Meanwhile, in 1974, MTL had concluded a five-year contract with the Navy to operate its nine Sealift tankers. The Navy reimbursed MTL for its labor costs, which MTL documented by submitting a "Schedule A." Schedule A enumerated "total wages," defined by the contract to include wages, pension and welfare payments, vacation benefits, etc. The contract included an escalation clause which committed the Navy to reimburse MTL for increased labor costs. Whenever MTL's labor costs changed, the company sent the Navy a revised Schedule A.
MTL secured two-year renewals of its Navy contract in 1979 and 1981. In the early 1980s, however, the American merchant marine was continuing to suffer hard times. Competition intensified. In 1982, MTL faced a crisis: It had failed in three recent attempts to win new contracts with the Navy. As the time for renewing the Sealift tanker contract approached, MTL feared that the Navy would open that contract to competitive bidding. The company calculated that it could not bid successfully for the contract (or persuade the Navy to renew the contract without soliciting additional bids) unless it drastically reduced its labor costs. Moreover, MTL's corporate survival depended upon continuing to operate the Sealift tankers. If MTL lost the Navy contract, it would probably fail to obtain loans that it needed to purchase a new ship, and it risked being liquidated by its parent company, GATX Corp.*fn1
Hoping to reduce its labor costs, MTL turned to its unions and sought modifications in its collective bargaining agreements. MTL asked MM & P for four concessions that would apply only to deck officers working on the Sealift tankers: (1) the reduction of wages to their level of June 16, 1981, with wages frozen at that level for the duration of the upcoming extension of MTL's contract with the Navy (i.e., until May 7, 1985); (2) elimination of the "diesel and automation allowance"; (3) reductions in vacation entitlements; (4) job-related travel in economy class, rather than first class. There were discussions between Thomas Murphy, MTL's personnel manager, and Robert Lowen, MM & P's international president, in which Murphy asserted that the deck officers' jobs depended upon agreeing to the concessions. Finally, on November 15, 1982, officials of MTL and MM & P met and agreed orally upon the changes proposed by MTL. This was the parties' Sealift Agreement. It included one concession to MM & P: The union would have the right to shift costs, so long as the total, reduced compensation remained unchanged.*fn2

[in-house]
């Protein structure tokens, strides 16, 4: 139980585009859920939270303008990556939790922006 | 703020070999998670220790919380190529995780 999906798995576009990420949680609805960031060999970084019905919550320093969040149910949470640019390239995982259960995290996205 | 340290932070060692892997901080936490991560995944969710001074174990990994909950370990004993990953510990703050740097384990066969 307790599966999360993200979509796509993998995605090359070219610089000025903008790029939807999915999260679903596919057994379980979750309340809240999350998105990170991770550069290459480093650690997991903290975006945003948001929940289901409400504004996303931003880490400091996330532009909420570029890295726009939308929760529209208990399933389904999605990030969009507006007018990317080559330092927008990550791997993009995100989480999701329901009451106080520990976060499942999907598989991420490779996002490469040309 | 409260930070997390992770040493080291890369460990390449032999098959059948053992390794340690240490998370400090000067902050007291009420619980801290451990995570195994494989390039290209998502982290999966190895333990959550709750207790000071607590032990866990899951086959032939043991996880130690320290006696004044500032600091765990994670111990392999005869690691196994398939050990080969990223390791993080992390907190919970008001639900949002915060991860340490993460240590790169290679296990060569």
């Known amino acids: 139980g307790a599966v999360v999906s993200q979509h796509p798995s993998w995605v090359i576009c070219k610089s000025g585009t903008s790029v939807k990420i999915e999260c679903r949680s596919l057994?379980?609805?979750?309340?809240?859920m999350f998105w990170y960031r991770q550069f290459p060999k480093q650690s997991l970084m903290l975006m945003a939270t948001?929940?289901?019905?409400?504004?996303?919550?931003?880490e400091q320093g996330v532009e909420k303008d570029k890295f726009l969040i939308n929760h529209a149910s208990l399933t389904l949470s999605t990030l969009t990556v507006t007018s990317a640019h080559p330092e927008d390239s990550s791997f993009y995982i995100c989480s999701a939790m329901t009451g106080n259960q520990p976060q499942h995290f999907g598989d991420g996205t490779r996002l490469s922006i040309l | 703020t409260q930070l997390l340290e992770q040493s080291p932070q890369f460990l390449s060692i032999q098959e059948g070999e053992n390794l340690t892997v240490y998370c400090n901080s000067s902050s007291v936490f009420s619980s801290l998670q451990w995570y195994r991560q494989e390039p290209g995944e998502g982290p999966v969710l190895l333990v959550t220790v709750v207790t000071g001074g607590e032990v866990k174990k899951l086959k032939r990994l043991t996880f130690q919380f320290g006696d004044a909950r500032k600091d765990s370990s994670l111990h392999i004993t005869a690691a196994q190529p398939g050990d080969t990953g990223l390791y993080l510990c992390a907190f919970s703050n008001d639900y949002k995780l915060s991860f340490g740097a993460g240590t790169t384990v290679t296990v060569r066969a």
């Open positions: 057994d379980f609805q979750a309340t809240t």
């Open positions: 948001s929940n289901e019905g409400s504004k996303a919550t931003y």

MTL negotiated with the Navy during this period and described the concessions that it sought from its unions. It submitted a revised Schedule A showing projected reductions in "total costs," and it estimated that the concessions would reduce annual operating costs by almost one million dollars per vessel. On November 12, 1982, MTL stated that it already had its unions' agreement to the lower wages; it submitted additional revised Schedule A's and assured the Navy that the figures would remain firm during the 1983-85 option period. Immediately after the November 15th meeting with the MM & P officials, MTL informed the Navy that the unions had agreed to implement the changes on January 1, 1983, rather than on May 7, 1983, when the next extension would begin. MTL reiterated that the new Schedule A would be "firm through May 1985."
MTL also weathered a storm with MM & P. It appeared that Lowen had not complied with his union's procedures for agreeing to modifications in contract terms under its "hardship rule." He intimated that MM & P might not be able to go through with the deal. This led to an animated meeting of MTL and MM & P officials during the Thanksgiving 1982 weekend. MTL's president, James Rand, agreed to provide the documentary support needed by Lowen to justify the concessions, and Lowen signed a letter for the Navy confirming the concessions that his union had made.
The unions' concessions satisfied the Navy. An internal government memorandum noted approvingly that, "under the revision of MTL's Scehdule [sic] A which is to become effective on 1 January 1983, total wages (including fringe benefits) will actually decrease by approximately 30 percent in comparison with the currently effective Schedule A." On December 1, 1982, the Navy exercised its option to renew its Sealift contract with MTL for the period May 7, 1983 through May 6, 1985.